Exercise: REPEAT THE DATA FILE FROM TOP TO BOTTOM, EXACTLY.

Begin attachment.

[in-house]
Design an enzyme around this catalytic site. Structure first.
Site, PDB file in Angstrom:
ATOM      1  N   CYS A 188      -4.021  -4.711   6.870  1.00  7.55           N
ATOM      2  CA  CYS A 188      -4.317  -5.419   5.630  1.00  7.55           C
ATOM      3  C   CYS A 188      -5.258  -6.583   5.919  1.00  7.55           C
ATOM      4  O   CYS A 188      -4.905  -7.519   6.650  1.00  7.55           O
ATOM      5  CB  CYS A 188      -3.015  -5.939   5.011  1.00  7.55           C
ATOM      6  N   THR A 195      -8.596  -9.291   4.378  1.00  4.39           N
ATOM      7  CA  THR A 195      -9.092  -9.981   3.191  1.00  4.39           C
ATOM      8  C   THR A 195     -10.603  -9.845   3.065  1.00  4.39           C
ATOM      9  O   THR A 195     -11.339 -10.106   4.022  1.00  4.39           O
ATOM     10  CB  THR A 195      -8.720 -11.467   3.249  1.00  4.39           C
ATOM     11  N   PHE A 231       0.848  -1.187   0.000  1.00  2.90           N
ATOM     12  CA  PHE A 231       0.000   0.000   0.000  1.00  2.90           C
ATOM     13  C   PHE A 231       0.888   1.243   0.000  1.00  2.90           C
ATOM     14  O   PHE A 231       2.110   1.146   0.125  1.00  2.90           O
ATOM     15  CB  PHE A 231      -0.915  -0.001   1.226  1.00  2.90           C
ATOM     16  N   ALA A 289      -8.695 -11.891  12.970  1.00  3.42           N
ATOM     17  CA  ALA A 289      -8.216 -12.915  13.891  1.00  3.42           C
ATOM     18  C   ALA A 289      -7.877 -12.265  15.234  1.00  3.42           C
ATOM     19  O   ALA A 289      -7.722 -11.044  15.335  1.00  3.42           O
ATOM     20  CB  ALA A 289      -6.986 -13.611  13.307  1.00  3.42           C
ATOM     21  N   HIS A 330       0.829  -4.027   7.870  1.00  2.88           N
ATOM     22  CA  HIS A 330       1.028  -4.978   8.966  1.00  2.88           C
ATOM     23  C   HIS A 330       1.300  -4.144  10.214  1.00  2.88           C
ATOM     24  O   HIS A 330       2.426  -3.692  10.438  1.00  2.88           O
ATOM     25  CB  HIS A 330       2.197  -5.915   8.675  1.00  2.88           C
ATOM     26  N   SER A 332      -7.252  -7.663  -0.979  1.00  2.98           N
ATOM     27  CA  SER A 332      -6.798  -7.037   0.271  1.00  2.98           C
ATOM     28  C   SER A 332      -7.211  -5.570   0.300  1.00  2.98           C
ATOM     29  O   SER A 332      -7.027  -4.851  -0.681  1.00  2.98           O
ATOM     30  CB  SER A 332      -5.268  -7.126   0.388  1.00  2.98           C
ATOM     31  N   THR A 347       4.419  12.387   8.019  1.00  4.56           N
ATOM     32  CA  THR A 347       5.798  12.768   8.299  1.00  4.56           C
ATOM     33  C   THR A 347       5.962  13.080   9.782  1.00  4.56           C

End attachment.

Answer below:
[in-house]
Design an enzyme around this catalytic site. Structure first.
Site, PDB file in Angstrom:
ATOM      1  N   CYS A 188      -4.021  -4.711   6.870  1.00  7.55           N
ATOM      2  CA  CYS A 188      -4.317  -5.419   5.630  1.00  7.55           C
ATOM      3  C   CYS A 188      -5.258  -6.583   5.919  1.00  7.55           C
ATOM      4  O   CYS A 188      -4.905  -7.519   6.650  1.00  7.55           O
ATOM      5  CB  CYS A 188      -3.015  -5.939   5.011  1.00  7.55           C
ATOM      6  N   THR A 195      -8.596  -9.291   4.378  1.00  4.39           N
ATOM      7  CA  THR A 195      -9.092  -9.981   3.191  1.00  4.39           C
ATOM      8  C   THR A 195     -10.603  -9.845   3.065  1.00  4.39           C
ATOM      9  O   THR A 195     -11.339 -10.106   4.022  1.00  4.39           O
ATOM     10  CB  THR A 195      -8.720 -11.467   3.249  1.00  4.39           C
ATOM     11  N   PHE A 231       0.848  -1.187   0.000  1.00  2.90           N
ATOM     12  CA  PHE A 231       0.000   0.000   0.000  1.00  2.90           C
ATOM     13  C   PHE A 231       0.888   1.243   0.000  1.00  2.90           C
ATOM     14  O   PHE A 231       2.110   1.146   0.125  1.00  2.90           O
ATOM     15  CB  PHE A 231      -0.915  -0.001   1.226  1.00  2.90           C
ATOM     16  N   ALA A 289      -8.695 -11.891  12.970  1.00  3.42           N
ATOM     17  CA  ALA A 289      -8.216 -12.915  13.891  1.00  3.42           C
ATOM     18  C   ALA A 289      -7.877 -12.265  15.234  1.00  3.42           C
ATOM     19  O   ALA A 289      -7.722 -11.044  15.335  1.00  3.42           O
ATOM     20  CB  ALA A 289      -6.986 -13.611  13.307  1.00  3.42           C
ATOM     21  N   HIS A 330       0.829  -4.027   7.870  1.00  2.88           N
ATOM     22  CA  HIS A 330       1.028  -4.978   8.966  1.00  2.88           C
ATOM     23  C   HIS A 330       1.300  -4.144  10.214  1.00  2.88           C
ATOM     24  O   HIS A 330       2.426  -3.692  10.438  1.00  2.88           O
ATOM     25  CB  HIS A 330       2.197  -5.915   8.675  1.00  2.88           C
ATOM     26  N   SER A 332      -7.252  -7.663  -0.979  1.00  2.98           N
ATOM     27  CA  SER A 332      -6.798  -7.037   0.271  1.00  2.98           C
ATOM     28  C   SER A 332      -7.211  -5.570   0.300  1.00  2.98           C
ATOM     29  O   SER A 332      -7.027  -4.851  -0.681  1.00  2.98           O
ATOM     30  CB  SER A 332      -5.268  -7.126   0.388  1.00  2.98           C
ATOM     31  N   THR A 347       4.419  12.387   8.019  1.00  4.56           N
ATOM     32  CA  THR A 347       5.798  12.768   8.299  1.00  4.56           C
ATOM     33  C   THR A 347       5.962  13.080   9.782  1.00  4.56           C